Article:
The original intent of a gap year was to allow students who felt they weren’t ready for college to take a year to mature and earn educational experience and then start classes the following year.
However, amid the current economic conditions, many students may be considering requesting a gap year to avoid campus tumult and to get a job instead.
But if you’re depending on scholarships the college offered in your financial aid package, you may want to weigh the financial consequences.
“If there’s no guarantee [the scholarship] will be here in a year, then you need to think, ‘Maybe I should just take online courses and stay enrolled rather than taking the gap year,’” said Heidi H. Goldsworthy, director of the Office of Financial Aid at Stetson University in Deland, Florida.
And if you decide that a gap year is the right choice, reach out to your school sooner rather than later. Many schools’ deadlines for requesting a gap year are quickly approaching.
8. I’m considering taking a year off. How does this affect my student loans from previous years?
If you currently have student loans in deferment and you’re considering taking a year off, you could end up paying for your choice for years to come.
Federal student loans offer a six-month grace period after you graduate, leave school or drop below half time before you must begin making payments.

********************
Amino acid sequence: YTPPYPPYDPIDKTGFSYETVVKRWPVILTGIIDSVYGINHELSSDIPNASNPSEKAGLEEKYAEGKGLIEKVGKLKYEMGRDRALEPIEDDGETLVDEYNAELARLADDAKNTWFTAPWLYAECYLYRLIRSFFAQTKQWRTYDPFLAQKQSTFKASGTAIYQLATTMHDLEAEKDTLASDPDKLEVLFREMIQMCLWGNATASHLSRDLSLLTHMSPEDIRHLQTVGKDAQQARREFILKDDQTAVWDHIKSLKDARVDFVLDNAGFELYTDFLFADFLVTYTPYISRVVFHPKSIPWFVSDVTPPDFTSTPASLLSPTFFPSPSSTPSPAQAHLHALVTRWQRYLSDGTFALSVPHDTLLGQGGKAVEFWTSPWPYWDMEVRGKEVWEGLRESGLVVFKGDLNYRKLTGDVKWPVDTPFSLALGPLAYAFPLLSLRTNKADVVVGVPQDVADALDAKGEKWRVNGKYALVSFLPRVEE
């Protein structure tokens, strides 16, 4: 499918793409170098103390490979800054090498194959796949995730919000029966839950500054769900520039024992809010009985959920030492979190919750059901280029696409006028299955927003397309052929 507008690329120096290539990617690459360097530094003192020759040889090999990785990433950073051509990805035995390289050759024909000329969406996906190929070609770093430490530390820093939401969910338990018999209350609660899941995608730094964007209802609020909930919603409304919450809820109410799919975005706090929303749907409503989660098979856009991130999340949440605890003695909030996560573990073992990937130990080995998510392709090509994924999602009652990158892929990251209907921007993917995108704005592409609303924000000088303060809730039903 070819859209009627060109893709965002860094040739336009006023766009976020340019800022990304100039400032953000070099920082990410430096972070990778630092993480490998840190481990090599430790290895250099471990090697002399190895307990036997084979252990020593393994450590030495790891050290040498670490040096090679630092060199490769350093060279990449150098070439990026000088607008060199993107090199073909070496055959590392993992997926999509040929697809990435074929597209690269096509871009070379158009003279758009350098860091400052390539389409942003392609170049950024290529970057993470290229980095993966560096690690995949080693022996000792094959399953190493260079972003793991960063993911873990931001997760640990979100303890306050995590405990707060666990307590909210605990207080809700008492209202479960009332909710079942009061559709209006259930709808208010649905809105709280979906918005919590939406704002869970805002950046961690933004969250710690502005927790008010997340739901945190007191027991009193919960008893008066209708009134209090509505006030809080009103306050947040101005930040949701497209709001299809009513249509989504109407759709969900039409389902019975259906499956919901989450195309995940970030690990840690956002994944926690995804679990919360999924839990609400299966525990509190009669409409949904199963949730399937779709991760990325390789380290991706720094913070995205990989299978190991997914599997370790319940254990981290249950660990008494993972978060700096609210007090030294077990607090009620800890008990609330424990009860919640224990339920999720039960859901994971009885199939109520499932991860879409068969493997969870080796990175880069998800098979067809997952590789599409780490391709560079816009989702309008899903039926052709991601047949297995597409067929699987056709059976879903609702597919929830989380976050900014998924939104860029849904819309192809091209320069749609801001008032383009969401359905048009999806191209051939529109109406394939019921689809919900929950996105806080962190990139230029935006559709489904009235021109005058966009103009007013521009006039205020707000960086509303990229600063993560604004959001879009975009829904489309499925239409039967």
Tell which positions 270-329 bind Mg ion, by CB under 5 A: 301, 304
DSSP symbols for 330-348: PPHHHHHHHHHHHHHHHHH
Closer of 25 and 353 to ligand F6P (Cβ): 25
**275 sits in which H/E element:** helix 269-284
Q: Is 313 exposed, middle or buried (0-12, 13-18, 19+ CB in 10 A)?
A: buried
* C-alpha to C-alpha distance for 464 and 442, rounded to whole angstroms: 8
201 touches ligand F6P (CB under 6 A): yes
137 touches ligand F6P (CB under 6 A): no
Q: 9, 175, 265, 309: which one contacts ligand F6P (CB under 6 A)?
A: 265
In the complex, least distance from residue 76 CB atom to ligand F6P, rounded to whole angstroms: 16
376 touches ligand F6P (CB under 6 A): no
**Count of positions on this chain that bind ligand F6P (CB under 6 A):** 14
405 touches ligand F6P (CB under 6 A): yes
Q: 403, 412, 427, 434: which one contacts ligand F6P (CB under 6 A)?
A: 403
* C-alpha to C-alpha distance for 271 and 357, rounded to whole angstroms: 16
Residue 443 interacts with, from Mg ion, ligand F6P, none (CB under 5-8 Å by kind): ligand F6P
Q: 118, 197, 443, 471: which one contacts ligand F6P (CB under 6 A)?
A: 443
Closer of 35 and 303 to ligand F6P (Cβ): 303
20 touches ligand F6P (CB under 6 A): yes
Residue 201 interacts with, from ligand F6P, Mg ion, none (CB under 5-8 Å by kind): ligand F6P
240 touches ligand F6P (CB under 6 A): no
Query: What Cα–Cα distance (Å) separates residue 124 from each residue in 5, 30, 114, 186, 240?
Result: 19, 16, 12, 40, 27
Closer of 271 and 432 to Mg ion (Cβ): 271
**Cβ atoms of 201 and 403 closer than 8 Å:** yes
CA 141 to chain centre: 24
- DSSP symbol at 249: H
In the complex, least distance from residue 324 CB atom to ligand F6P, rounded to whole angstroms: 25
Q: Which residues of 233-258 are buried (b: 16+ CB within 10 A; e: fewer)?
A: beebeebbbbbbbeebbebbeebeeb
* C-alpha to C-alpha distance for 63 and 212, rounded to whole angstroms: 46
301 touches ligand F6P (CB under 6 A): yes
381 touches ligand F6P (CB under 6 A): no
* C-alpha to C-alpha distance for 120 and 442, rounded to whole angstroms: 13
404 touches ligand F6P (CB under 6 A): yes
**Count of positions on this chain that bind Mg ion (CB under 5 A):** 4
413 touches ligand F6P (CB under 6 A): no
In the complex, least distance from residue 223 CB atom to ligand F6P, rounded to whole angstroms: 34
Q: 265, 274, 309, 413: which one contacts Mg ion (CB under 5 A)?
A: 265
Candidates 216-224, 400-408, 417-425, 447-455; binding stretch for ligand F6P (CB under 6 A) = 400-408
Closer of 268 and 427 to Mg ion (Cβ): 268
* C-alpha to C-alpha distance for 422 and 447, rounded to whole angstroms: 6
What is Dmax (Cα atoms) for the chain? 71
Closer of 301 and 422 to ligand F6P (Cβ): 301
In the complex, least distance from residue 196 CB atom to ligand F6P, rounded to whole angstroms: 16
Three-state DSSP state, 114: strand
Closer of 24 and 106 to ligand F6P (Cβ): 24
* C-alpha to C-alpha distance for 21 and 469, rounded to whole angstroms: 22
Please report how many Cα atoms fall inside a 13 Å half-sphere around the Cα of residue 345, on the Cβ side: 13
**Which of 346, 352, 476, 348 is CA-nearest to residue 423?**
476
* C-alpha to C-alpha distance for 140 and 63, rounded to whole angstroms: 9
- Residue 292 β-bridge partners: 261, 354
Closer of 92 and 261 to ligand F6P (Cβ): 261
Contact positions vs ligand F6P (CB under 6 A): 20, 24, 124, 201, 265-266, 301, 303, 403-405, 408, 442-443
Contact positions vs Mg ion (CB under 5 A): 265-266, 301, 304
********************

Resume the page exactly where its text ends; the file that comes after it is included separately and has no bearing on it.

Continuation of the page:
You only receive six months total, so you’ll begin owing on your loans before you head back to school next fall — and you’ll lose any grace period you would have gotten after graduation.
If you can’t attend in the fall but would like to return next semester, ask the financial aid office about an approved leave of absence, which might allow you to retain your spring financial aid.
And considering the current state of employment, if you struggle to find a job and miss payments, there could be lasting consequences.
“If they don’t get a job and can’t make their payments and default on those loans, they’ll never get another student loan when they go back,” Goldsworthy said. “Then it becomes, are they ever going to go back?”
Borrowers who don’t complete their degree are three times more likely to default on student loans than those who graduate, according to the U.S. Department of Education.
By continuing your education as at least a half-time student, you’ll be able to continue to defer your student loans.
And a word of warning: Do not simply stop attending classes without contacting your financial aid office and your academic advisor. If you do decide to go back, there’s a high likelihood you’ll have to go through the enrollment process again.
9. I turned down loans in my financial aid offer. Can I change my mind?
If you initially declined federal student loans offered in your financial aid package, colleges and universities will reinstate the offer, according to Goldsworthy. Any scholarships, grants and work-study options you turned down may not be available, though.
Contact your financial aid office to ask them what you need to do to accept the loans.
10. I heard colleges were getting CARES Act money. Can I get some of that?